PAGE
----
How can healthcare achieve the triple aim of managing cost, access and quality of care when it comes to virtual care and other new technologies? How can we embrace connected health and the power of the Internet of Things when smart device use is not embraced or even feasible across all populations? And how can technology create opportunities to solve disparities and inequities in healthcare? These questions will take a central role as we move toward an end of the pandemic and the healthcare system reckons with its long-term impact on how we deliver healthcare in the US. And while we can’t always expect definitive answers, being aware of challenges and watching for opportunities is the first step to making that impact as positive as humanly possible.

Digital Fotonovelas for Flu Engagement: A New Approach for a Unique Year

The 2020-21 flu season poses new challenges in addressing COVID-19 alongside traditional challenges driving flu vaccination. Flu season for most adults typically begins around November and plans push reminders to have members schedule their flu vaccination. However, with COVID-19 as an ongoing concern, healthcare experts are suggesting getting the flu shot as early as September 2020, to at least quell the brunt of one virus while trying to manage the other. In addition, members who take precautionary measures early-on will alleviate pressure on hospital systems that have been carrying the weight of COVID-19.

Organizations must enhance their flu engagement strategies to address new concerns and barriers to vaccination this year and educate members quickly on new topics. With the right tools, health plans can take a multi-angled approach to member outreach that will help address and overcome several barriers at once. mPulse has been working with our customers to roll out new content and technology to help handle the challenges of this flu season—read about our 2020-2021 Flu Engagement Solution here. The solution incorporates digital fotonovelas. These are typically a 6-frame comic-style story portrayed with lighthearted graphics, that deliver important content to across demographic segments at scale. The story-style graphic can deliver vital educational flu resources directly to members’ mobile devices, through SMS and link-to-web, using members’ preferred language. This tool has been used in key healthcare use cases in the past, (e.g., value of HPV vaccines and diabetes self-management) and has proven to be a complementary route of communication when utilized with a text messaging approach to member outreach.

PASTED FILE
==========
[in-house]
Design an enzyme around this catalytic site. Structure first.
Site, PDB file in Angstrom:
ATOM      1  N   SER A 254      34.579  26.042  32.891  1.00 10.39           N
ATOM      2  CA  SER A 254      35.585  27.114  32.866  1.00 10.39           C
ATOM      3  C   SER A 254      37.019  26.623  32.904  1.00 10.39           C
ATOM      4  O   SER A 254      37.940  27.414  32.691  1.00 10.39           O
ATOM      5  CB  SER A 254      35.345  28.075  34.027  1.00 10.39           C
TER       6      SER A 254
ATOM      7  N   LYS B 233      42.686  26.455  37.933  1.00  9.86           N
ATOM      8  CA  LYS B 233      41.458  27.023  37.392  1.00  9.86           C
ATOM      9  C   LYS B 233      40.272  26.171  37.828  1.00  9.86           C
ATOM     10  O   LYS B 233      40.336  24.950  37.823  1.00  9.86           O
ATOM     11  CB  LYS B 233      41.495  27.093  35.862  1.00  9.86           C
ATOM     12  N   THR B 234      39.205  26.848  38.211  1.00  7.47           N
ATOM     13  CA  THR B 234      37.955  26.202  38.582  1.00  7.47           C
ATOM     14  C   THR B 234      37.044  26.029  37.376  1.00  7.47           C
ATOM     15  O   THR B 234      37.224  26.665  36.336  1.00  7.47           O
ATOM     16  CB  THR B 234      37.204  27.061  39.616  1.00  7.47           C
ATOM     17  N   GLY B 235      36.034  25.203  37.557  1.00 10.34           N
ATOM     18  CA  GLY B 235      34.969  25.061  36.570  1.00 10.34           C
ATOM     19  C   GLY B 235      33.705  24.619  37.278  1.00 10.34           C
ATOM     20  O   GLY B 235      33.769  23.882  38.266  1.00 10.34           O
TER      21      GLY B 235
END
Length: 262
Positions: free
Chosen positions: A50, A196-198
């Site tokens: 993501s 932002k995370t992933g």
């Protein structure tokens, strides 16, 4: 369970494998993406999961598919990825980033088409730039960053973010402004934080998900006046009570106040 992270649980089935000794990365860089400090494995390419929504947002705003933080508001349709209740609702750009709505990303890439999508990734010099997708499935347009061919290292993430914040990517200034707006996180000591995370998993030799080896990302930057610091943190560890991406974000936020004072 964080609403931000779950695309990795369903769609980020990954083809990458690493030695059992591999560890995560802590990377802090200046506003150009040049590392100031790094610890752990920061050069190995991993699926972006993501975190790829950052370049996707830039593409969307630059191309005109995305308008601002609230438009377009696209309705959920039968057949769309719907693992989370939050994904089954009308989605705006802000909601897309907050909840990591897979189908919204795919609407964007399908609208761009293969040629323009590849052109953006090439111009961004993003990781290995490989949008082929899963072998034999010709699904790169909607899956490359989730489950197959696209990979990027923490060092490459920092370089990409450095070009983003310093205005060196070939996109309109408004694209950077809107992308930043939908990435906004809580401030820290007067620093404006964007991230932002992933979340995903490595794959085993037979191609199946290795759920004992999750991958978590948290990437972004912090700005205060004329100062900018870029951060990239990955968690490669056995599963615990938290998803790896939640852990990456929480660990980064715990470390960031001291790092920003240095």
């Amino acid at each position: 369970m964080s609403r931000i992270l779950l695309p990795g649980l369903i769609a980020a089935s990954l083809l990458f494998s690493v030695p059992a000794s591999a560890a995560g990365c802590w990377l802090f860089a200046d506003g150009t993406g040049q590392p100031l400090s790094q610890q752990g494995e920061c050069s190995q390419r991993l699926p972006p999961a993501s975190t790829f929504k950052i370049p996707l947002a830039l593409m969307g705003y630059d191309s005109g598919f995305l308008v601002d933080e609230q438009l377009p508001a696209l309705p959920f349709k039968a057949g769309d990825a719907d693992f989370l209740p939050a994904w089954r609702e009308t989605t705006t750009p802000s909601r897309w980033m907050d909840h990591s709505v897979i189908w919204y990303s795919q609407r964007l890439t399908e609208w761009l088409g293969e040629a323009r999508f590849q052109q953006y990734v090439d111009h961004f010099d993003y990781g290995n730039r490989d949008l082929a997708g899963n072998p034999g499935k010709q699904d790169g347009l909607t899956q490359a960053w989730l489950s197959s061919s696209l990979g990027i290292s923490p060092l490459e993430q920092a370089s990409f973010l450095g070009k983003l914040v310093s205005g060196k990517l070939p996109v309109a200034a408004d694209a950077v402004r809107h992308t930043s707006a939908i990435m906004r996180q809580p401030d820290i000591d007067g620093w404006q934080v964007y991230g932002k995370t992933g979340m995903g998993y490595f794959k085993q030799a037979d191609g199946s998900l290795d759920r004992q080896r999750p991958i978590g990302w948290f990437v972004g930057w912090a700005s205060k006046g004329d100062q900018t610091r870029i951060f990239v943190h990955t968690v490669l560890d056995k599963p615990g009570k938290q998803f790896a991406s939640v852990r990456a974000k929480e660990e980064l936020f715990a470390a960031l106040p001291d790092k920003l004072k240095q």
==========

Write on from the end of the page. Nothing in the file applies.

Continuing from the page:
mPulse Mobile first deployed fotonovelas as a bi-lingual visual tool during the onset of COVID-19 as a part of the COVID-19 Rapid Rollout Toolkit solutions. The goal was to adapt a traditional and effective style of print media into digital format delivered through SMS, to help overcome health literacy barriers during a time when the spread of healthcare information was urgent and needed to be disseminated quickly at scale. The 6-frame graphic style of communication, paired with a series of check-ins via SMS, helped our plan and provider partners build health literacy around social distancing, basic hand hygiene, and keeps multi-lingual populations informed with accessible and coordinated outreach via mobile channels. The goal of this capability was to successfully assess members’ health risk and respond through text dialogue and educational fotonovelas appropriate for each member’s situation, in their preferred language. We’ve seen that when matched with strategic member outreach, fotonovelas can be a tool that offers an access point to fill in gaps in knowledge that drive healthy behavioral change even during a time when many are hesitant to seek out healthcare in person.